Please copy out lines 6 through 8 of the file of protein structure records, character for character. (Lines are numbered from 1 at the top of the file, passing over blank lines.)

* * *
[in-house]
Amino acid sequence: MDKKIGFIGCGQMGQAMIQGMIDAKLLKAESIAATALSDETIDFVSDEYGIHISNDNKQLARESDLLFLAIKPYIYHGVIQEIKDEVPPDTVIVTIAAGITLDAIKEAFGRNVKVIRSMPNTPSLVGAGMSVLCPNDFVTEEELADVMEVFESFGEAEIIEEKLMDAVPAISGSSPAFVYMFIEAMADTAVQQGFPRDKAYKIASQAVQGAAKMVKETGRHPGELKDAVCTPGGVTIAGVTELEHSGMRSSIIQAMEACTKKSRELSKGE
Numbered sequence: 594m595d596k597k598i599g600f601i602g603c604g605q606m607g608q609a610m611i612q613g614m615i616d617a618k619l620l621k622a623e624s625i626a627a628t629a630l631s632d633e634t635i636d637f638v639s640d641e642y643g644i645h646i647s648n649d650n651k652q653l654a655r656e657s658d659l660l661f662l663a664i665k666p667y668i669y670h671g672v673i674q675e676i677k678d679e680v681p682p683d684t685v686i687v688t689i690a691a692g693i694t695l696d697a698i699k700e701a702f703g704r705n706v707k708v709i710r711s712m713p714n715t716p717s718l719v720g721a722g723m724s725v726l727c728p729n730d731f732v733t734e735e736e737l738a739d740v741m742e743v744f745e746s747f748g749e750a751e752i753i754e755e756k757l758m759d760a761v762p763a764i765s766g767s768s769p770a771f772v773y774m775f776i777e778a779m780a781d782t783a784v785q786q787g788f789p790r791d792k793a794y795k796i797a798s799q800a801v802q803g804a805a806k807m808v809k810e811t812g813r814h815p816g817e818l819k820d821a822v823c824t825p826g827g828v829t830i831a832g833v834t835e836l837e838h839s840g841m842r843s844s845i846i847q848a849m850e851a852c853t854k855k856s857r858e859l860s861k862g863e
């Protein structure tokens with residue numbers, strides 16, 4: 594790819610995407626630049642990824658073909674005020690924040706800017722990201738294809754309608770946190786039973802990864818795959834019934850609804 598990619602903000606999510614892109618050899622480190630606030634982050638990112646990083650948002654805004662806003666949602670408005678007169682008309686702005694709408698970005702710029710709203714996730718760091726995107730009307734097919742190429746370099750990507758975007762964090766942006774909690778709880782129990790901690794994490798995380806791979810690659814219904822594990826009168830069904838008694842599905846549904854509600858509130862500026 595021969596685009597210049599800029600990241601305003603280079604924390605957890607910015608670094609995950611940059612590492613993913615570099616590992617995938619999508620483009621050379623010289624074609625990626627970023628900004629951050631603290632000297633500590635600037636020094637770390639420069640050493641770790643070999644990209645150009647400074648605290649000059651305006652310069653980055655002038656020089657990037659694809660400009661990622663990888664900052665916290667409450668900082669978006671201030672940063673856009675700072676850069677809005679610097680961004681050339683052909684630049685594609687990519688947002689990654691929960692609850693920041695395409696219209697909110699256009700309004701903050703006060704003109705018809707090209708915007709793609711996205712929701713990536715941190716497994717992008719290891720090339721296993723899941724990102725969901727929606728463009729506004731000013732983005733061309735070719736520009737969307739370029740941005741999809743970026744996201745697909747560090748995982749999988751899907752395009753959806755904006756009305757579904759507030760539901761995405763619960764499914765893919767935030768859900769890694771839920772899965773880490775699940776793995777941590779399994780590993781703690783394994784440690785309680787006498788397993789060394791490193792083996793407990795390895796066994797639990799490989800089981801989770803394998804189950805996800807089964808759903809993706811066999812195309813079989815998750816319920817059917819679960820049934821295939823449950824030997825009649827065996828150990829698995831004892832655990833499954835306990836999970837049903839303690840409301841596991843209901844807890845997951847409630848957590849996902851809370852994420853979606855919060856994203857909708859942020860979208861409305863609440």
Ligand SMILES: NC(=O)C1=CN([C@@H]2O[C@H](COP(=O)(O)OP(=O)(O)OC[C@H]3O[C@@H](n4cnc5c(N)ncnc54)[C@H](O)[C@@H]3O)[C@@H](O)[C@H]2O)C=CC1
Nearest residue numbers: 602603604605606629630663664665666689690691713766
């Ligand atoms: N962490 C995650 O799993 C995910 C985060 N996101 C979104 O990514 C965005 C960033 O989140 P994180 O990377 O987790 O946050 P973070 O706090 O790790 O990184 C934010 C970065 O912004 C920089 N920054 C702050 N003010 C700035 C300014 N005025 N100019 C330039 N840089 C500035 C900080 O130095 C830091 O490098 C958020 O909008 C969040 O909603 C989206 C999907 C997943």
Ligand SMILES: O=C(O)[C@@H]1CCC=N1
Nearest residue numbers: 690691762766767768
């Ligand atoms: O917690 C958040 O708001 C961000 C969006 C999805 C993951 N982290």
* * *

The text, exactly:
Nearest residue numbers: 602603604605606629630663664665666689690691713766
């Ligand atoms: N962490 C995650 O799993 C995910 C985060 N996101 C979104 O990514 C965005 C960033 O989140 P994180 O990377 O987790 O946050 P973070 O706090 O790790 O990184 C934010 C970065 O912004 C920089 N920054 C702050 N003010 C700035 C300014 N005025 N100019 C330039 N840089 C500035 C900080 O130095 C830091 O490098 C958020 O909008 C969040 O909603 C989206 C999907 C997943």
Ligand SMILES: O=C(O)[C@@H]1CCC=N1